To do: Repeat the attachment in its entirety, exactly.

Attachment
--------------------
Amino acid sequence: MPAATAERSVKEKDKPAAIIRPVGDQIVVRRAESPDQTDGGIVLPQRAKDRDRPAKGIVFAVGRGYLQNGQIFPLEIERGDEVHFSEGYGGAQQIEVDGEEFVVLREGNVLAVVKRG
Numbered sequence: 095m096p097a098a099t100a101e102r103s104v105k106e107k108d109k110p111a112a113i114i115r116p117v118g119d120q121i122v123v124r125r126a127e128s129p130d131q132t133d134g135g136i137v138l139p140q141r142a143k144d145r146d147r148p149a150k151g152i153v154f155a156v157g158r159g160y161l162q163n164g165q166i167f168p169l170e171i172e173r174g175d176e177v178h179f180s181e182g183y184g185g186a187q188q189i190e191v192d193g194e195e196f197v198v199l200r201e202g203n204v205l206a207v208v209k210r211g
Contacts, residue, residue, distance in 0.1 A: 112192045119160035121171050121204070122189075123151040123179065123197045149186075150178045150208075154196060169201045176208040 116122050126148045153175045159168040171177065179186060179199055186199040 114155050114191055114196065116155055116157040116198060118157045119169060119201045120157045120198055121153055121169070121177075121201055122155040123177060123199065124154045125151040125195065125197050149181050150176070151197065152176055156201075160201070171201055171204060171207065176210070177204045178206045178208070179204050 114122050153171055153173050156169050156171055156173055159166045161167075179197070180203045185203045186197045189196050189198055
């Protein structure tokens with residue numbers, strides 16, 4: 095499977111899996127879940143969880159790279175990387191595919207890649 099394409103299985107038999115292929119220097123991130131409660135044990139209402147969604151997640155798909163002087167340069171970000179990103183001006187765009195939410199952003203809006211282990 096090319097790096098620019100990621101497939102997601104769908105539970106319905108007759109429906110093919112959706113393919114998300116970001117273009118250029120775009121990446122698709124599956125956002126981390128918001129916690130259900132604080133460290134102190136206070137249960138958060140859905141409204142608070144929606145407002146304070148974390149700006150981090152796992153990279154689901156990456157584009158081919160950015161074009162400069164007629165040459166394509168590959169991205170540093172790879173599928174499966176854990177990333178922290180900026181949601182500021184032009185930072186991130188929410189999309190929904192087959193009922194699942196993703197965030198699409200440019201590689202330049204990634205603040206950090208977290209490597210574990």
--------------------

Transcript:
Amino acid sequence: MPAATAERSVKEKDKPAAIIRPVGDQIVVRRAESPDQTDGGIVLPQRAKDRDRPAKGIVFAVGRGYLQNGQIFPLEIERGDEVHFSEGYGGAQQIEVDGEEFVVLREGNVLAVVKRG
Numbered sequence: 095m096p097a098a099t100a101e102r103s104v105k106e107k108d109k110p111a112a113i114i115r116p117v118g119d120q121i122v123v124r125r126a127e128s129p130d131q132t133d134g135g136i137v138l139p140q141r142a143k144d145r146d147r148p149a150k151g152i153v154f155a156v157g158r159g160y161l162q163n164g165q166i167f168p169l170e171i172e173r174g175d176e177v178h179f180s181e182g183y184g185g186a187q188q189i190e191v192d193g194e195e196f197v198v199l200r201e202g203n204v205l206a207v208v209k210r211g
Contacts, residue, residue, distance in 0.1 A: 112192045119160035121171050121204070122189075123151040123179065123197045149186075150178045150208075154196060169201045176208040 116122050126148045153175045159168040171177065179186060179199055186199040 114155050114191055114196065116155055116157040116198060118157045119169060119201045120157045120198055121153055121169070121177075121201055122155040123177060123199065124154045125151040125195065125197050149181050150176070151197065152176055156201075160201070171201055171204060171207065176210070177204045178206045178208070179204050 114122050153171055153173050156169050156171055156173055159166045161167075179197070180203045185203045186197045189196050189198055
């Protein structure tokens with residue numbers, strides 16, 4: 095499977111899996127879940143969880159790279175990387191595919207890649 099394409103299985107038999115292929119220097123991130131409660135044990139209402147969604151997640155798909163002087167340069171970000179990103183001006187765009195939410199952003203809006211282990 096090319097790096098620019100990621101497939102997601104769908105539970106319905108007759109429906110093919112959706113393919114998300116970001117273009118250029120775009121990446122698709124599956125956002126981390128918001129916690130259900132604080133460290134102190136206070137249960138958060140859905141409204142608070144929606145407002146304070148974390149700006150981090152796992153990279154689901156990456157584009158081919160950015161074009162400069164007629165040459166394509168590959169991205170540093172790879173599928174499966176854990177990333178922290180900026181949601182500021184032009185930072186991130188929410189999309190929904192087959193009922194699942196993703197965030198699409200440019201590689202330049204990634205603040206950090208977290209490597210574990």